The trips to the bog were happy memories. The first time, in 1954, was the best. I was thrilled to go by horse and cart. I don't think I did any work, I was only four years' old, but it was a great day out for this little boy. The bog was out on the Headford road, but my mother says that sometime during the sixties it was exhausted and Paddy obtained another patch much further away. He then used to hire a lorry to bring home the turves.

For lunch. Paddy lit a peat fire, and a large baked bean can was utilised both as a saucepan and as a kettle for the tea. We ate bread, butter and boiled eggs. The taste of that simple meal remains with me to this day. Later on, when I was older, I helped turn the turves. (Not the same ones, I hasten to add) A simple-enough job, but backbreaking after a few hours.

The fair in Kilmaine was a real event. When I was sixteen, or so, Paddy, my late father, John, and myself spent all day gossiping over many pints of Guinness. We all had a very late night, yet me and Paddy struggled up, somewhat unsteadily, at about five in the morning to bring the sheep to town. It rained steadily, a fine mist, propelled by a stiff breeze. The ground hardly got wet, but any upright structure or anyone stupid enough to walk out into that heavy drizzle was immediately soaked. As soon as we got to Kilmaine Paddy disappeared into the pub. An hour later I swapped places with him. At around 10:00 dad showed up. Well, that was business done for the day! I was left with the dogs and the lambs, while the older men had more than a 'hair of the dog'. The fair finished, and I was the last one to have animals on the street, but before it was all over, half a dozen yelling and cursing, porter-fuelled men and boys, on bikes, drove their sheep at speed right down the road. Paddy's animals were scattered everywhere! Two of the beasts went missing, though they turned up after we came back to England.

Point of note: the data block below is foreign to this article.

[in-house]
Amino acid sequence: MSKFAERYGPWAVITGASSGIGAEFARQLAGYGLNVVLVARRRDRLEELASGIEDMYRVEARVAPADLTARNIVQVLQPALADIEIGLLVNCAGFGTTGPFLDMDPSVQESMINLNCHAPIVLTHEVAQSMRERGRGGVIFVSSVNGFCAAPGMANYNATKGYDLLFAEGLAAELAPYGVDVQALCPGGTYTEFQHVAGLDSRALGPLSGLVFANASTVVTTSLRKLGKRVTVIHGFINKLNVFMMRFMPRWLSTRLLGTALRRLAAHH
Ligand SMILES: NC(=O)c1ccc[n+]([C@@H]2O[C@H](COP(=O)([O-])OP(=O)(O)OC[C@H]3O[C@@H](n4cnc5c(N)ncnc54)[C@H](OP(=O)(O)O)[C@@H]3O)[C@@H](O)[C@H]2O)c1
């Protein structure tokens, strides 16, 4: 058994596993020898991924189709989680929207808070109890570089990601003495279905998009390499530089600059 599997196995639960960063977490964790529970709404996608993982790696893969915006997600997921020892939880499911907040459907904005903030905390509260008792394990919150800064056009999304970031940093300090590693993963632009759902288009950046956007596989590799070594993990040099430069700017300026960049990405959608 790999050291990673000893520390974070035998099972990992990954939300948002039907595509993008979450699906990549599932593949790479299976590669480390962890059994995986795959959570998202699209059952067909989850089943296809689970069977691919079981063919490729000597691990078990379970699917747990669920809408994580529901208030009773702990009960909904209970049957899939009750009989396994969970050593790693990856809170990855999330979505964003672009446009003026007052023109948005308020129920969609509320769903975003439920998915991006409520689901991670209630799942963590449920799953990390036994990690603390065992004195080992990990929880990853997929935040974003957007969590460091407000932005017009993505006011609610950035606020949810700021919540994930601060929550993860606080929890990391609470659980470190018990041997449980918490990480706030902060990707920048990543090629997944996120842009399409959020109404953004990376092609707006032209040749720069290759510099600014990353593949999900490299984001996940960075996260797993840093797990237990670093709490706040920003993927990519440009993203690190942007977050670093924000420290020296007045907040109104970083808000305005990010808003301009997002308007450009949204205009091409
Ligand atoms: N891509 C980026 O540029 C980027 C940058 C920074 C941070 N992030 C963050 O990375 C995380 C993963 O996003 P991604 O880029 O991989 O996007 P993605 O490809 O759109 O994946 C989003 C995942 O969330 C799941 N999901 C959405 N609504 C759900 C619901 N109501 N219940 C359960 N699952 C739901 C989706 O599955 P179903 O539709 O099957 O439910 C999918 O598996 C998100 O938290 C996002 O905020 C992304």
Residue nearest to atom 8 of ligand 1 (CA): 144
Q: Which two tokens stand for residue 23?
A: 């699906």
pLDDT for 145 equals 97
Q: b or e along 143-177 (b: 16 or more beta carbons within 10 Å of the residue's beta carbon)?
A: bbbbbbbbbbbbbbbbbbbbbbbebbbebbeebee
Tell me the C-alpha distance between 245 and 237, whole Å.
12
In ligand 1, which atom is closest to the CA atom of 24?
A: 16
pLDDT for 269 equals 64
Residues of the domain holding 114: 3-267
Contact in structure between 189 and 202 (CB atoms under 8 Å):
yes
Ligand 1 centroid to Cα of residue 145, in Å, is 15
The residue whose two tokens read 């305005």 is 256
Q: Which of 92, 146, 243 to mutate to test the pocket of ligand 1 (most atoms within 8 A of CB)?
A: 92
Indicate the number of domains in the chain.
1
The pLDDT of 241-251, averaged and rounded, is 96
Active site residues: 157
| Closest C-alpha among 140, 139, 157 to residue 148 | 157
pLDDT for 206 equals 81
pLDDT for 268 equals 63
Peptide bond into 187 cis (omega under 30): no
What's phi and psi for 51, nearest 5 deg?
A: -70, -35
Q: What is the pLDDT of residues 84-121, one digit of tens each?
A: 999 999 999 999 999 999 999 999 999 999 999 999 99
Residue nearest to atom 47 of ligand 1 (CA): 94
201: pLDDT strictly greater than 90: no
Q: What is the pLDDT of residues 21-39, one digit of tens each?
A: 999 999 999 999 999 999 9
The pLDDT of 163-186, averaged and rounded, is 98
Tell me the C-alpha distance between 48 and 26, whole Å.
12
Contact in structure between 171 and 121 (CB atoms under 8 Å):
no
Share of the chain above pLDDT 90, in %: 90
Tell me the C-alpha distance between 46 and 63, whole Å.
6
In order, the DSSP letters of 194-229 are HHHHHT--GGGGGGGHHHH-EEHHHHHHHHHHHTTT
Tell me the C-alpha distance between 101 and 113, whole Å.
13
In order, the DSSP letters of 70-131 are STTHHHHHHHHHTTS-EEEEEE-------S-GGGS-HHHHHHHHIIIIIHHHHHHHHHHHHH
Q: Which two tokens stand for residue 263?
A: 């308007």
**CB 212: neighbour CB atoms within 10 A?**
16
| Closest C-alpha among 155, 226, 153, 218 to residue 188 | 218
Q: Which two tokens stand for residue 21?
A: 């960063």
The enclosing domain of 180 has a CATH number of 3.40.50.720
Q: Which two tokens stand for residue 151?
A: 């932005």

When I was eighteen I travelled on my own to help Paddy with the hay. I worked very hard, but really enjoyed myself. Every evening we finished at about nine-o-clock, had a meal and went into Ballinrobe for a pint, or four! The night before I came back to England I sat on the wall at the end of the farmyard for about an hour. I looked over the falling, undulating landscape with its grey stone walls softened in the pastel-pink light of late evening. The dark blue hills in the background broodily crested the bright golden hayfields and the green meadows. It was the loveliest thing I ever saw. During his later years, poor old Paddy suffered from a heart condition. A warm and comfortable portacabin was furnished for him, and the house and land fell into disuse. Paddy died about ten years ago. He had never married, and the land was sold.

The village is located on the N84 road between Shrule and Ballinrobe.  The nearest town is Ballinrobe, and the  village of Kilmaine has a population of less than two hundred, while the rural population around is nearly 1000